With restrictions on logistics, and countries implementing new restrictions to address increasing COVID-19 cases, it’s important to understand how to manage clinical trials’ ancillary supplies — like sourcing from the right suppliers, managing distribution to all trial sites, stock management, and response to new regulations.
In the long term, as we move into the reopening phases of COVID-19, faced with increased expenses and the challenges with on-site monitoring, clinical research professionals need to ensure their quality management systems have the flexibility for the new normal for site management.
There are gaps in our country’s collective knowledge required to determine the severity of the current pandemic’s risk to our supply chain for drugs. Undoubtedly, these gaps will remain, leaving questions that need to be answered and will, hopefully, serve as a road map for legislators and advocates of the industry.
We must now rethink our design strategies and planning processes before starting studies to find the right fit-for-purpose virtual solutions and push the boundaries on our designs to ensure we are collecting what is truly important for research and our patients.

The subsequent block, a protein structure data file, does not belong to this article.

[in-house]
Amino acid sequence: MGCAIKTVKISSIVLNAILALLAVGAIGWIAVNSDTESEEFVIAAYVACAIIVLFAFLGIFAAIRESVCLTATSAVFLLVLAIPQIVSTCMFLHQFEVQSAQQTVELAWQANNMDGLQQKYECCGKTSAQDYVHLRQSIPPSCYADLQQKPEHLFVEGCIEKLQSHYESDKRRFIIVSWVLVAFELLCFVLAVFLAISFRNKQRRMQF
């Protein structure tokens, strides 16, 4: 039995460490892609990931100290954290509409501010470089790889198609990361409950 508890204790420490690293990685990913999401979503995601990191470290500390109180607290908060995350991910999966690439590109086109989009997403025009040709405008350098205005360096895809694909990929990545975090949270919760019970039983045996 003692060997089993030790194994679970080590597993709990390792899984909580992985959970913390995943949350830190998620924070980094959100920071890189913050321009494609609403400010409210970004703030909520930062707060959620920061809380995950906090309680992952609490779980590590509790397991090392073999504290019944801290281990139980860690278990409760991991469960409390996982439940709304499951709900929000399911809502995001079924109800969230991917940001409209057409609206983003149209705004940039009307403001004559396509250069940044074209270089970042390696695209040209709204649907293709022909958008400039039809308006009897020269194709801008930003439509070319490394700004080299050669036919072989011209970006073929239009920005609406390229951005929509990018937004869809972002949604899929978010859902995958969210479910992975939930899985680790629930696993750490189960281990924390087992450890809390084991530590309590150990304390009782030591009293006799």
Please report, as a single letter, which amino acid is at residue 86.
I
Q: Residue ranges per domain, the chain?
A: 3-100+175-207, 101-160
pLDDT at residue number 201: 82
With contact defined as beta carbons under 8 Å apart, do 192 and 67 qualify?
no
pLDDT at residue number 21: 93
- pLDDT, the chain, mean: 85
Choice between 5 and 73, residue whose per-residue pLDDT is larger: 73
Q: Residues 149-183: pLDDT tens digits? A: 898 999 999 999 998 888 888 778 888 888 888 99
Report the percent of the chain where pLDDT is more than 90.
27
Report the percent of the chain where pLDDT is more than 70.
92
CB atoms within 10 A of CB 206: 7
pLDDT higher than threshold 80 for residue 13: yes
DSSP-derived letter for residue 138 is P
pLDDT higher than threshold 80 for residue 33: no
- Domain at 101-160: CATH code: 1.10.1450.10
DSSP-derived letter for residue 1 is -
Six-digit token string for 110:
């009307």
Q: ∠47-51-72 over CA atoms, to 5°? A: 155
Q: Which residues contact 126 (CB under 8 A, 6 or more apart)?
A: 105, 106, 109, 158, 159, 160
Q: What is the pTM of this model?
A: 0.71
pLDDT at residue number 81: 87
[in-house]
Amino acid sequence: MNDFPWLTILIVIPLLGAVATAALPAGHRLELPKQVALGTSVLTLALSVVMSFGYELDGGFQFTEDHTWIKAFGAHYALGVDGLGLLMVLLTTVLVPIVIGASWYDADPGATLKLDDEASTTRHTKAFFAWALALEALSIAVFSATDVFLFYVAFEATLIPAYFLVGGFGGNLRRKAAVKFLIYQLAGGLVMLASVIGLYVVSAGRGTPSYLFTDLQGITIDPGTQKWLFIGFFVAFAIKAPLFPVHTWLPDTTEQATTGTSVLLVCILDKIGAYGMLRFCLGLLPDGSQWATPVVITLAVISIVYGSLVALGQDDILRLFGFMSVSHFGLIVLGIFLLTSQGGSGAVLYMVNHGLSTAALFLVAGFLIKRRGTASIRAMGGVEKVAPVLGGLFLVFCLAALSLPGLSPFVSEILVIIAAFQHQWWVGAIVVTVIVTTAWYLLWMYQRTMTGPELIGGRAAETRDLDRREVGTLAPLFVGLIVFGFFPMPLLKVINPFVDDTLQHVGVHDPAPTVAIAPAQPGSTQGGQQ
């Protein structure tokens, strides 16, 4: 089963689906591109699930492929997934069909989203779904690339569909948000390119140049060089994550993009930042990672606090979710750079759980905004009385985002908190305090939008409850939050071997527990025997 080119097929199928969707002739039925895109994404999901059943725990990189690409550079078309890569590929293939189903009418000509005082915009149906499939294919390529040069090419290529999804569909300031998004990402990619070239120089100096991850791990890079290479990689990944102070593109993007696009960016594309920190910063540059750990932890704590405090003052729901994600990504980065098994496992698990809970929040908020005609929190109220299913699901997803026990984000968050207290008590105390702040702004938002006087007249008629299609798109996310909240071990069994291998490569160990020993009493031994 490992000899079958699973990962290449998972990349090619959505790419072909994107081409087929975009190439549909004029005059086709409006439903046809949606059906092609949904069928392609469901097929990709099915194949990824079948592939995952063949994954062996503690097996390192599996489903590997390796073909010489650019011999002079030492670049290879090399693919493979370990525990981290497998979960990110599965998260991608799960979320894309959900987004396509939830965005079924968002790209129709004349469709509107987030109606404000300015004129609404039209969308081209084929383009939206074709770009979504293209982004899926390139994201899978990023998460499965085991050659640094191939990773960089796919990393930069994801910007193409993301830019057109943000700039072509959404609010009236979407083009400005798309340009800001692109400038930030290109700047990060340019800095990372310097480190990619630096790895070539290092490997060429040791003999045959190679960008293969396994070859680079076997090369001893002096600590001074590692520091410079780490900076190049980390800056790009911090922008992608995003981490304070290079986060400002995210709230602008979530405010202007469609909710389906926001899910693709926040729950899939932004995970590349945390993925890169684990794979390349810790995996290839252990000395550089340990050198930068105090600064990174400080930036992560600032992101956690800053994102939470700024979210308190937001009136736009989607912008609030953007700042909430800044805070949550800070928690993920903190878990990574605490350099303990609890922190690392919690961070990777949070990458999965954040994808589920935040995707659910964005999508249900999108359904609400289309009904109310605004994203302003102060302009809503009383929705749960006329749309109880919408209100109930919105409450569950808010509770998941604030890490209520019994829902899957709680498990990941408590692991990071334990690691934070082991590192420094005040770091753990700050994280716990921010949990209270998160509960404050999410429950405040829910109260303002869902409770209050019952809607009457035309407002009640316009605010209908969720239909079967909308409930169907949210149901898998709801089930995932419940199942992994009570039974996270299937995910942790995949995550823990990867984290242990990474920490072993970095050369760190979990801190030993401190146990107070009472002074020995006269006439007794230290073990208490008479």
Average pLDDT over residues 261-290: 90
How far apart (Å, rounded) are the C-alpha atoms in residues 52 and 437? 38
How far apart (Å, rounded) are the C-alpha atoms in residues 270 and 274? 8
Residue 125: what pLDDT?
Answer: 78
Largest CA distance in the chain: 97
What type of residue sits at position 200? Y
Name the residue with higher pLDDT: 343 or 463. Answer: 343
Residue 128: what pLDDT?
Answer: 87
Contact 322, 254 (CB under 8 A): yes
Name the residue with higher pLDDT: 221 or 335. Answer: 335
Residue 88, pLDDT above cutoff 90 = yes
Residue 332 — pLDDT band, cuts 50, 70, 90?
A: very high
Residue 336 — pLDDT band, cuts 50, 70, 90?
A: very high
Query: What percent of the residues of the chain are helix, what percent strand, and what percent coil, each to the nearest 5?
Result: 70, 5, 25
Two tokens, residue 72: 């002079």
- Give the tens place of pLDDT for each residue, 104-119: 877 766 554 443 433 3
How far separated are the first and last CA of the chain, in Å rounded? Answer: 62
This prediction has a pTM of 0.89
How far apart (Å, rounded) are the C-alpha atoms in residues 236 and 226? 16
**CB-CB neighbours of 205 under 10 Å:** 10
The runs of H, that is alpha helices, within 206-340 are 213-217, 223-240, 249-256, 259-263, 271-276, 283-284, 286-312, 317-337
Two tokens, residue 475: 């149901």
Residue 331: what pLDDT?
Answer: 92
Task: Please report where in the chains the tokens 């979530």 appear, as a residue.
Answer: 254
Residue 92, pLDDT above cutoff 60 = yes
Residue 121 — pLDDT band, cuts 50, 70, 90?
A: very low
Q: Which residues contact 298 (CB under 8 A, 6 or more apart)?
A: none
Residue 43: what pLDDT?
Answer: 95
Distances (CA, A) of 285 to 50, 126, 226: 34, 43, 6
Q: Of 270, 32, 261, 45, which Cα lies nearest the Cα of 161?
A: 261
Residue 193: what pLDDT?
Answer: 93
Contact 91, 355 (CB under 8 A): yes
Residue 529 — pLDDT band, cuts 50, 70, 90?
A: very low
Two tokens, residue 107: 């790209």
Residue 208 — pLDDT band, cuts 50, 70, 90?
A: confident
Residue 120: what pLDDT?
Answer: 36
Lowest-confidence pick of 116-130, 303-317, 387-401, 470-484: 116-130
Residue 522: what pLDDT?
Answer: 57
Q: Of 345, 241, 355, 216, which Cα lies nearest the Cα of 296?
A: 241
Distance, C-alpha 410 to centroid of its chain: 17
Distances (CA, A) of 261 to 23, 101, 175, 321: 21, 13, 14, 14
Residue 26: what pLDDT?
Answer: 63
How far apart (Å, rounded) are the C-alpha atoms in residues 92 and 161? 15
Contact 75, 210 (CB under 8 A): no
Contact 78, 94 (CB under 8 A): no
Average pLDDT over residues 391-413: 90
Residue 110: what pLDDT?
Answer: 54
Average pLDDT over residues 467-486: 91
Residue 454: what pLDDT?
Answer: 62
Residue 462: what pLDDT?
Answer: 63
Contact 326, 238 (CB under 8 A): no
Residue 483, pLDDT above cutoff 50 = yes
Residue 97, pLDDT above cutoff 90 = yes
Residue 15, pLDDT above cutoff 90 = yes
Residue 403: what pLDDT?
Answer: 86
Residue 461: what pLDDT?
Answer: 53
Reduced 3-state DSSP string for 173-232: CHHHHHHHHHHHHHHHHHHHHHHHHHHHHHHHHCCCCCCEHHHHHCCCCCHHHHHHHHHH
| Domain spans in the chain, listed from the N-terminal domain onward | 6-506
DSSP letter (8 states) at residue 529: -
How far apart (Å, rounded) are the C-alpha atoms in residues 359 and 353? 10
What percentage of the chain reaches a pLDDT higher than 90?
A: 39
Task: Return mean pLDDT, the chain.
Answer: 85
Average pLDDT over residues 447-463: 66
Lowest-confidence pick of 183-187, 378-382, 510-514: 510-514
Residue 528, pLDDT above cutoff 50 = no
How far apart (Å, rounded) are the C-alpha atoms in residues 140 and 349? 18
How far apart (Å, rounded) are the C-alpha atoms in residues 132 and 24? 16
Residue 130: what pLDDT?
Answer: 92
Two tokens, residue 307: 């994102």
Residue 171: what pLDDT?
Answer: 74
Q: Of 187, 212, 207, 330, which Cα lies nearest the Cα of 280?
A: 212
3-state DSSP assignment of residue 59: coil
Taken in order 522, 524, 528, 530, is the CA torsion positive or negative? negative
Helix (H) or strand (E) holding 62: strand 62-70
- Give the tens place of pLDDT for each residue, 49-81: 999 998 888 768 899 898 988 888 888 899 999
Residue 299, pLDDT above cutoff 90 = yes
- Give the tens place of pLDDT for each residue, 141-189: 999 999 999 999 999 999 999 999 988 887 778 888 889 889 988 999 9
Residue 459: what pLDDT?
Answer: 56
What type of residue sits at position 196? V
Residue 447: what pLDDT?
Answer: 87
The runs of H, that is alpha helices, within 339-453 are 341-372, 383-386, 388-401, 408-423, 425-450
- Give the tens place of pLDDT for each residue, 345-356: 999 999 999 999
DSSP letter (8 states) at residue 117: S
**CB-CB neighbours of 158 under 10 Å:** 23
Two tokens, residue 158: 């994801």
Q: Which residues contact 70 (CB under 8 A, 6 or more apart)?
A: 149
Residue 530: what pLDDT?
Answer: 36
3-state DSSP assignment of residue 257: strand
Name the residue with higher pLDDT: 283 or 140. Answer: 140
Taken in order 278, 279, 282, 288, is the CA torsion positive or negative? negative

COVID-19 has caused an increase in demand for APIs and drugs; those used as antimalarials are seeing the highest demand, followed by bronchodilators, antibiotics, and antivirals. This article reviews the drugs and API in demand globally, with assessments of their supply status in India and China.
During a recent Halloran Virtual Town Hall meeting, a panel of experts to share what they are seeing in terms of regulatory activity, as some cases are receiving expedited feedback, while others are experiencing delays in reviews and receipt of commentary from the FDA. This article presents some key insights from the panel’s experience conducting regulatory activities during the pandemic.
During this COVID-19 pandemic, we have all heard it: Wash your hands with soap and water for at least 20 seconds. This article focuses on transferring basic aseptic techniques and good hygiene practices learned in the pharmaceutical industry to help you dodge the COVID-19 bullet.
While communications from health authorities continue to pour in regarding actions they are taking to mitigate the impact of the COVID-19 pandemic, the EMA published three new items that merit attention from the life sciences industry. Two of them result from the pandemic; the third has been under development.
As we face our latest pandemic threat, the need to have a well-defined and tested business continuity management plan in place cannot be overemphasized. Beyond state and national preparedness plans, organizations should be actively evaluating their continuity plans, especially when it comes to strategic contract service providers and partners, to ensure there is a reasonable mitigation plan in place.